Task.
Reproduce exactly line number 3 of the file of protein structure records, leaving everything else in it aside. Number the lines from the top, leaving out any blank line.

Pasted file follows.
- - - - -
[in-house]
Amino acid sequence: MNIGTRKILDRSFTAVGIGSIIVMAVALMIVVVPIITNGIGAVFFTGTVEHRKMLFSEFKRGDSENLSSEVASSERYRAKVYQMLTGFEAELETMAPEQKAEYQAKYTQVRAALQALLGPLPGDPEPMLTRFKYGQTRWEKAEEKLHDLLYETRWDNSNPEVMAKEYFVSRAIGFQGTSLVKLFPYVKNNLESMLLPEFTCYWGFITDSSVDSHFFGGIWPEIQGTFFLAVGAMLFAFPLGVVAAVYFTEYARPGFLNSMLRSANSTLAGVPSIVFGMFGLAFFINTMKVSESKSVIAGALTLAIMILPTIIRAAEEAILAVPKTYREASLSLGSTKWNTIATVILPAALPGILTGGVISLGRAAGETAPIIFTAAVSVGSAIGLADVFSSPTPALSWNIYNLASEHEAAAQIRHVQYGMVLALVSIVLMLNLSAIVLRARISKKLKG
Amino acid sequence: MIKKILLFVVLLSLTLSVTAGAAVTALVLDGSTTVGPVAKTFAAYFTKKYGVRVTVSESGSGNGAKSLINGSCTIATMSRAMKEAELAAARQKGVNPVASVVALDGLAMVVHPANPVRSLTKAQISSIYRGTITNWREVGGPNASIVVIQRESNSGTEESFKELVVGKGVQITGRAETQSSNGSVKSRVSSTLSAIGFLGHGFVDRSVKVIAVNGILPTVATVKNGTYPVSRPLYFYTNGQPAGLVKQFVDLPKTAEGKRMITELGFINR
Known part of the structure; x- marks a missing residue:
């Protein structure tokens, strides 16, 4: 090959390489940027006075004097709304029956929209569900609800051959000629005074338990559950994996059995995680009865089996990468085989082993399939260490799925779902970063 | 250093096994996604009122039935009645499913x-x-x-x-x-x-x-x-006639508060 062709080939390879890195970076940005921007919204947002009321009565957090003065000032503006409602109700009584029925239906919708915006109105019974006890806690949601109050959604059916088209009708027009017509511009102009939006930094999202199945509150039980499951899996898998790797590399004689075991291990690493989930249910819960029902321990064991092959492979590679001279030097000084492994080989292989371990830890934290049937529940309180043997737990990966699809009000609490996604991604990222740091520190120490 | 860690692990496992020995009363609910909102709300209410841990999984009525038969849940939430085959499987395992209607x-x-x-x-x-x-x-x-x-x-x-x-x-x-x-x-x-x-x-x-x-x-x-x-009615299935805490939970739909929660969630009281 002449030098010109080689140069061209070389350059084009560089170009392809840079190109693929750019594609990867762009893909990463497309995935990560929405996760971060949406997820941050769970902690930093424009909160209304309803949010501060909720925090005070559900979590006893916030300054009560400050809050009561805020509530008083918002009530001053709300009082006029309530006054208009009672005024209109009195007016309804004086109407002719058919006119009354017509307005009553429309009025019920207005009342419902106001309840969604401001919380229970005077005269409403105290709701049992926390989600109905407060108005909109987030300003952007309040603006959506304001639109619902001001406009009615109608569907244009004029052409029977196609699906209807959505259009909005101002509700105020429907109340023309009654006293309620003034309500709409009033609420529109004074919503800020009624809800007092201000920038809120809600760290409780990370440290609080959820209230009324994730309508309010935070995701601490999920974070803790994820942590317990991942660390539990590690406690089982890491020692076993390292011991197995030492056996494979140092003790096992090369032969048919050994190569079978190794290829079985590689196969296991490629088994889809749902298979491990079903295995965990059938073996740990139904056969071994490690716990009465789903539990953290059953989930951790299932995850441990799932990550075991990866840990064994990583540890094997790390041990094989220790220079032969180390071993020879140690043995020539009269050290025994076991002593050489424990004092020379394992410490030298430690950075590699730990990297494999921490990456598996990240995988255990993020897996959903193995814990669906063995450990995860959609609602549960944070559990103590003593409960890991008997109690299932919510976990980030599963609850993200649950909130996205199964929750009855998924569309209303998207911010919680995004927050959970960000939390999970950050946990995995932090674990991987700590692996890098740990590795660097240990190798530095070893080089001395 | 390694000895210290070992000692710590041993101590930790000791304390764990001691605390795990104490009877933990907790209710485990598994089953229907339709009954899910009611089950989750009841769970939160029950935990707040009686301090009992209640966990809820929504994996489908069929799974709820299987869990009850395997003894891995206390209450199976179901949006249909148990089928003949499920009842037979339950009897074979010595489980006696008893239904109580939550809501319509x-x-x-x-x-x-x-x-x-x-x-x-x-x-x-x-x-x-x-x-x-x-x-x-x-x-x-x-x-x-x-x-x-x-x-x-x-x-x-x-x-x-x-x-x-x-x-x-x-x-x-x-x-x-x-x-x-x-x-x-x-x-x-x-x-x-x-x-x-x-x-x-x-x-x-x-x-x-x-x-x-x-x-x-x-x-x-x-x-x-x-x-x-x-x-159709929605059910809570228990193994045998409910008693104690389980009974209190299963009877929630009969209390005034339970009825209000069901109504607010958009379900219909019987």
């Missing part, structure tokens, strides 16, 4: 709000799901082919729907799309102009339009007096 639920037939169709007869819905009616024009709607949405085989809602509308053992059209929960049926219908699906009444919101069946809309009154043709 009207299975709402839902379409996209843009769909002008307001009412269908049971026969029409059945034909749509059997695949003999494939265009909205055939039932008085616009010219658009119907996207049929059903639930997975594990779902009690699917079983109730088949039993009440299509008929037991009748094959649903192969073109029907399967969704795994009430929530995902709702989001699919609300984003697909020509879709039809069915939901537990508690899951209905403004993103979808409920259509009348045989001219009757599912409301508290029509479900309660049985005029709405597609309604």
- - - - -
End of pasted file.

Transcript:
Amino acid sequence: MIKKILLFVVLLSLTLSVTAGAAVTALVLDGSTTVGPVAKTFAAYFTKKYGVRVTVSESGSGNGAKSLINGSCTIATMSRAMKEAELAAARQKGVNPVASVVALDGLAMVVHPANPVRSLTKAQISSIYRGTITNWREVGGPNASIVVIQRESNSGTEESFKELVVGKGVQITGRAETQSSNGSVKSRVSSTLSAIGFLGHGFVDRSVKVIAVNGILPTVATVKNGTYPVSRPLYFYTNGQPAGLVKQFVDLPKTAEGKRMITELGFINR